More than 100 black and red handprints that date back over a thousand years have been discovered on the walls of a cave on the Yucatán peninsula.
According to a report by the news agency Reuters, 137 prints — most of which are believed to have been made by children’s hands — were found in a cave near the northern tip of the peninsula. Archaeologists have determined that they are more than 1,200 years old.
The date the handprints were made corresponds to the end of the ancient Mayan society’s classical zenith, a time at which major advances in math and art were being made. The cave in which they were found is located some 10 meters beneath a ceiba tree, considered sacred by the ancient Mayan people.
Sergio Grosjean, an archaeologist who has explored and studied the cave, told Reuters that the handprints are likely associated with a coming-of-age ritual of the ancient Mayan people. He said they were probably made by children upon reaching puberty.“They imprinted their hands on the walls in black … which symbolized death, but that didn’t mean they were going to be killed, but, rather, death from a ritual perspective,”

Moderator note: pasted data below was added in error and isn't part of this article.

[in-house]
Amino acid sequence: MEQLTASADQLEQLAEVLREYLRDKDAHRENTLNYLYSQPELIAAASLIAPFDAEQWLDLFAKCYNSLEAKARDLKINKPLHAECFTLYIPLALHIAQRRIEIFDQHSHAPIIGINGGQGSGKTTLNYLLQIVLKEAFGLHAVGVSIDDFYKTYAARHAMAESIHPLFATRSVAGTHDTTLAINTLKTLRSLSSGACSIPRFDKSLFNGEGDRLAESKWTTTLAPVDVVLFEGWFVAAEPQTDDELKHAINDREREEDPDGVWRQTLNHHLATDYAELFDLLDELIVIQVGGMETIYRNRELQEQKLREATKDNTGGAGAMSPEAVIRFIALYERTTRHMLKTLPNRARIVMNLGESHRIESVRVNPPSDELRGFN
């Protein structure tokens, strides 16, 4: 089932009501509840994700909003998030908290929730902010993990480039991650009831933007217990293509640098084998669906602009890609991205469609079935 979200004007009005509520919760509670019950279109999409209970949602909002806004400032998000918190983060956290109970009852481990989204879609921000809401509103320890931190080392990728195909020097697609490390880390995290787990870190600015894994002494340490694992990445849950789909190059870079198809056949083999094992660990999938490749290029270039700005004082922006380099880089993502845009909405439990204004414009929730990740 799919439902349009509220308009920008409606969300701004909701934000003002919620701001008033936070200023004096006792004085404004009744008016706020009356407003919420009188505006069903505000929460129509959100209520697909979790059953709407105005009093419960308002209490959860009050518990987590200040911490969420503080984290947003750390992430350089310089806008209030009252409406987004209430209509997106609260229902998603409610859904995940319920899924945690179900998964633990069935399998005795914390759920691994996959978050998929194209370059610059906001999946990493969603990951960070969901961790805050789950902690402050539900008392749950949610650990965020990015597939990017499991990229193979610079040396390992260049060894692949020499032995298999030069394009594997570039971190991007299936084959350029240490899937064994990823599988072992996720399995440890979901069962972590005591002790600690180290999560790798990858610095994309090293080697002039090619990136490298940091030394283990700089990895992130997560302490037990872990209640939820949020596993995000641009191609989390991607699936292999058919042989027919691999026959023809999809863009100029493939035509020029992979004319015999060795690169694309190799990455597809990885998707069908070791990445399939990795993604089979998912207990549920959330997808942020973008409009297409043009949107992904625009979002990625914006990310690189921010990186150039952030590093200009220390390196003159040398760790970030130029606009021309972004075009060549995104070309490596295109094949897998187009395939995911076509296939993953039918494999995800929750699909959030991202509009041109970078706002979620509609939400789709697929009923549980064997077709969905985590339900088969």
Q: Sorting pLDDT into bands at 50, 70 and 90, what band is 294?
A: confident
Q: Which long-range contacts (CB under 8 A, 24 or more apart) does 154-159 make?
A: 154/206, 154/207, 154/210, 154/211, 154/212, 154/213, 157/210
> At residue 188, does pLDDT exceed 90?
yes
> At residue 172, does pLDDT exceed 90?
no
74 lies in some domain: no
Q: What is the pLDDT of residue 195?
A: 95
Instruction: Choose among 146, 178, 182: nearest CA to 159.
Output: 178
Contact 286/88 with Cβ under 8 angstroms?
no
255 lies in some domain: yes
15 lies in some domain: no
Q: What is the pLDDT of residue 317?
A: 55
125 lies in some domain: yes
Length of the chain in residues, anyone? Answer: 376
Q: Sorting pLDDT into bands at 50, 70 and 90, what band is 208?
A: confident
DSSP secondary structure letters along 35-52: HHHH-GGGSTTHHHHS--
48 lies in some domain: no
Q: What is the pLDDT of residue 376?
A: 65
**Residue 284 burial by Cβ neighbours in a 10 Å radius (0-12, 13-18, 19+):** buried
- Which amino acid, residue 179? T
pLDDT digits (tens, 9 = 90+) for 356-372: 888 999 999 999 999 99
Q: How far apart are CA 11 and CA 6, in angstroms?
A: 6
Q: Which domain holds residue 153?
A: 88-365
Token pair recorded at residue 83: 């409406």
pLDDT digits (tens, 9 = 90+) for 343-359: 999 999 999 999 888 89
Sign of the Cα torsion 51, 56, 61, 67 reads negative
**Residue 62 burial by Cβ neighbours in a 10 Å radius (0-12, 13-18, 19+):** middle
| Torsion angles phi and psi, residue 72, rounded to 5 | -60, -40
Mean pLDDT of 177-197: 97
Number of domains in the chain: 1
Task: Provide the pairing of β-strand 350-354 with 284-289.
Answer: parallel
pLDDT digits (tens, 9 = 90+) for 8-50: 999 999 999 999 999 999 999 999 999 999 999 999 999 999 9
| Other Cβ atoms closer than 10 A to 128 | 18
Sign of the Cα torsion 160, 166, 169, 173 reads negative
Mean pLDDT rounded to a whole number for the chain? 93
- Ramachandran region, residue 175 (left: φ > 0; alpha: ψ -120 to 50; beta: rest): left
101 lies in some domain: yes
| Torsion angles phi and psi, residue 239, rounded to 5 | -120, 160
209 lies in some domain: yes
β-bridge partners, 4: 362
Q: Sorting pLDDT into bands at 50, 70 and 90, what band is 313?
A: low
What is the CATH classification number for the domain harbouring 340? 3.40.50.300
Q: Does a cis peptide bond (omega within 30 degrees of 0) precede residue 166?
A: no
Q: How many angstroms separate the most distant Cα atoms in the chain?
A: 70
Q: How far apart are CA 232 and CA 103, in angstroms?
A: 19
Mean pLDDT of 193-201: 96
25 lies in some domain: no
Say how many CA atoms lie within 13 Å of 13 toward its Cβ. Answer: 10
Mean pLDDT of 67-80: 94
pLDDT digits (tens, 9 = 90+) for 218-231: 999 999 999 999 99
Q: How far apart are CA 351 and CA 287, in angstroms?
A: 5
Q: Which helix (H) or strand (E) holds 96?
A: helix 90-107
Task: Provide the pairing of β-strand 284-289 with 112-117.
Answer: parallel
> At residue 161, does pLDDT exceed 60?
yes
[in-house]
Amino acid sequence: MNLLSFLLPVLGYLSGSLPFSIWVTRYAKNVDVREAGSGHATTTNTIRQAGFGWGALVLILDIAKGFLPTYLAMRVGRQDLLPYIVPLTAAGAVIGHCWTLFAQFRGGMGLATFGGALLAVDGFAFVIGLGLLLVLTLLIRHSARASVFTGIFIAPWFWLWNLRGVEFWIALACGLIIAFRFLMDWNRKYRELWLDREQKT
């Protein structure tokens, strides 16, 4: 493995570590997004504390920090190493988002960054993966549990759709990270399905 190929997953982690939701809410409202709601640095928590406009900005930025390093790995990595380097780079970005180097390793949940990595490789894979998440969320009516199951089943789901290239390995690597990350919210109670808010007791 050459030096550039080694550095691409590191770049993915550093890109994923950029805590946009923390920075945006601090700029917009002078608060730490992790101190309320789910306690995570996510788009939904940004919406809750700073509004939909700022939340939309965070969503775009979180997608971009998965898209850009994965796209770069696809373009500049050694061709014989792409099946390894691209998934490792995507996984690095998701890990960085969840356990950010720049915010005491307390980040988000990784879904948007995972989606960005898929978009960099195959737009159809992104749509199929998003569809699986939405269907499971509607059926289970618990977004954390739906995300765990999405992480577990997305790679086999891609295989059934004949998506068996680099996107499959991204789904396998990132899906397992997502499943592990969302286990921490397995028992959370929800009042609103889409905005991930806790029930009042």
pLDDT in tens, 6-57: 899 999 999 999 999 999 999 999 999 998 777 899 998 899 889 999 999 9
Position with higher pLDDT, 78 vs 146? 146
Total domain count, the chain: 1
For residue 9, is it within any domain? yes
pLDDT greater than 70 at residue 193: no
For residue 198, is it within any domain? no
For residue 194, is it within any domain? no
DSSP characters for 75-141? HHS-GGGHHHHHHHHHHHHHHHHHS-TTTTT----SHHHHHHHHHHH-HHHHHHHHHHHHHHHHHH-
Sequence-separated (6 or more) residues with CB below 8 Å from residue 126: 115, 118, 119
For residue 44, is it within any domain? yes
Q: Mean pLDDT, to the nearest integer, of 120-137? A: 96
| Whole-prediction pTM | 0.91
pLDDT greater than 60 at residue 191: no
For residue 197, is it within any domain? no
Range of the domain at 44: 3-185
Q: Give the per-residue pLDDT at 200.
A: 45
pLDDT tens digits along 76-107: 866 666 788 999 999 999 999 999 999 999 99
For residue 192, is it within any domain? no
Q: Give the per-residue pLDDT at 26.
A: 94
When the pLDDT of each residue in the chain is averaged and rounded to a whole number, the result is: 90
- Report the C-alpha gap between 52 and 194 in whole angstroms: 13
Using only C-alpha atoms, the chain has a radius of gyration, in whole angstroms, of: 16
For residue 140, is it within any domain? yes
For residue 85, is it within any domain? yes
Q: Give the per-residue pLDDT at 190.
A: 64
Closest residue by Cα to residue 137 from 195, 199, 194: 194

Grosjean said.“Afterwards, these children imprinted their hands in red, which was a reference to war or life,”
Other Mayan artifacts have also been found in the cave, including a carved face and six painted relief sculptures. Dating from between 800 and 1,000 A.D., the sculptures were made at a time when the Mayan region was experiencing severe drought that may have caused inhabitants to suddenly abandon major cities that are today archaeological sites visited by tourists.
Grosjean was also part of a team of archaeologists who discovered a treasure trove of Mayan cave paintings in the east of Yucatán state in 2018. That cave also has handprints on its walls.Post too long. Click here to view the full text.